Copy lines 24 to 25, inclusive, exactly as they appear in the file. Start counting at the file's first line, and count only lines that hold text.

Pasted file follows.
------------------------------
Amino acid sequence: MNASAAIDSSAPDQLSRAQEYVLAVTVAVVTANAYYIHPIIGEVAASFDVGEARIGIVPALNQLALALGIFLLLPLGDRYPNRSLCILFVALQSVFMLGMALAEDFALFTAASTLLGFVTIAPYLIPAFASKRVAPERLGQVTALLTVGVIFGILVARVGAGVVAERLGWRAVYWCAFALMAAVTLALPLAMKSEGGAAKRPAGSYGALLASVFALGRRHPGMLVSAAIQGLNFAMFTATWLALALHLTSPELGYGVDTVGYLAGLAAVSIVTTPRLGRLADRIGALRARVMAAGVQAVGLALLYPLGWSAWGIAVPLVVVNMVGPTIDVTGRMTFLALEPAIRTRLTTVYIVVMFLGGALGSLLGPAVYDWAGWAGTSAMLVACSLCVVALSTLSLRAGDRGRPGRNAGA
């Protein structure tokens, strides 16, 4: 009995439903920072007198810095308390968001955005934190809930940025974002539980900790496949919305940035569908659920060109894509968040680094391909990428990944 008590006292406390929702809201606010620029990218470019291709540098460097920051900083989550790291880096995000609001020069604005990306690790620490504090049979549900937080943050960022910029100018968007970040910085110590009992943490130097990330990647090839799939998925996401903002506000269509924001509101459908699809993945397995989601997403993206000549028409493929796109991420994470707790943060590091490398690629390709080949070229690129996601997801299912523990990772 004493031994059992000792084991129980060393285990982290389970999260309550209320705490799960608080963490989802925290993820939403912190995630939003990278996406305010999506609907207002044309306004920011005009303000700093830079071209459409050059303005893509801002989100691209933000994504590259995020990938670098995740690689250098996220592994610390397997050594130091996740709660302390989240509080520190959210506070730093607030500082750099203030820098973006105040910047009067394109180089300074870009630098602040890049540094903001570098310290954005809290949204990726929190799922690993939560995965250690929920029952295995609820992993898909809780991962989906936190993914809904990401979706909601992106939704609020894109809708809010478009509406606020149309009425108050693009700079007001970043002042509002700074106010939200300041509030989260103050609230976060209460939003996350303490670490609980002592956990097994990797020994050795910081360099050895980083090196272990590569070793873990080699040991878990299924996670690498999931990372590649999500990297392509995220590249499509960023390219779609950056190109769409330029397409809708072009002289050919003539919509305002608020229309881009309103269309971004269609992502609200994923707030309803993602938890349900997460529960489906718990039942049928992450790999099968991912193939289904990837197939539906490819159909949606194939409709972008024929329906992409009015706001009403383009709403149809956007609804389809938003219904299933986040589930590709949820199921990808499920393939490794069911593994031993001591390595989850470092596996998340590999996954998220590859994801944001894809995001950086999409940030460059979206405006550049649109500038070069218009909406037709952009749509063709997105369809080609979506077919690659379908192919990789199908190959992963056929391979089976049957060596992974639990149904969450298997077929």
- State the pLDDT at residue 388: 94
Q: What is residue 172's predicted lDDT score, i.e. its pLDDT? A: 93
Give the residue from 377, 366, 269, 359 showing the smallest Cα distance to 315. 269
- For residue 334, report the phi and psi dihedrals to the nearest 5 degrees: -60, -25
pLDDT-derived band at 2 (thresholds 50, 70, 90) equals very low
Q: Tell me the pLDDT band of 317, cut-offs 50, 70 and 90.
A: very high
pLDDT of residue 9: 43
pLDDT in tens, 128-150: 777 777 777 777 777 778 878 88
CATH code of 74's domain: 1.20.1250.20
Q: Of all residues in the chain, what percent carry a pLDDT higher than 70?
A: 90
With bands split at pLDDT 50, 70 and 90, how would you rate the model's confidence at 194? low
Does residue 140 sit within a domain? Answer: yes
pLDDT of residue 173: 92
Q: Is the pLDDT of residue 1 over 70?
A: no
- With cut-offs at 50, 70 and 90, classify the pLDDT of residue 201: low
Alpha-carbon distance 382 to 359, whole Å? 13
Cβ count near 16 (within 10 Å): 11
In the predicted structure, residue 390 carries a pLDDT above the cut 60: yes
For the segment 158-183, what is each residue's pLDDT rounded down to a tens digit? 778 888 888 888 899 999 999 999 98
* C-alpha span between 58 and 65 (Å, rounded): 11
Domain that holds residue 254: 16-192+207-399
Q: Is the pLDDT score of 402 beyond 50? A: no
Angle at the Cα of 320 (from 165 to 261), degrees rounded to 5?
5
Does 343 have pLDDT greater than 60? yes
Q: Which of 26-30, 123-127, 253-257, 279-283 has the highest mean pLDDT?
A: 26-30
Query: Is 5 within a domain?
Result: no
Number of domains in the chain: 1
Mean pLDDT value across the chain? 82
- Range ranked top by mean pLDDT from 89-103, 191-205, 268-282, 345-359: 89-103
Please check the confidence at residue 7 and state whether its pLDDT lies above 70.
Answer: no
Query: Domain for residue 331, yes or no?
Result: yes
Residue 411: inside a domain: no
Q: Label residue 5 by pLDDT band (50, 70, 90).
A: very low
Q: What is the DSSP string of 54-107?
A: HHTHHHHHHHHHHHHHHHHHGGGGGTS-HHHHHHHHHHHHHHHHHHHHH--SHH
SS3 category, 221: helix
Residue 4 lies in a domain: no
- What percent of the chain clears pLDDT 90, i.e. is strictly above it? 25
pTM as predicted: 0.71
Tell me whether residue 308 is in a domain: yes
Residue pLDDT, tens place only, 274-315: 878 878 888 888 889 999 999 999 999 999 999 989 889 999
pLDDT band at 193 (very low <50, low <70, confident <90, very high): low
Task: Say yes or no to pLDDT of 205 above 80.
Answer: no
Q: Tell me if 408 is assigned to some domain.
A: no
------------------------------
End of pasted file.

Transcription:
For the segment 158-183, what is each residue's pLDDT rounded down to a tens digit? 778 888 888 888 899 999 999 999 98
* C-alpha span between 58 and 65 (Å, rounded): 11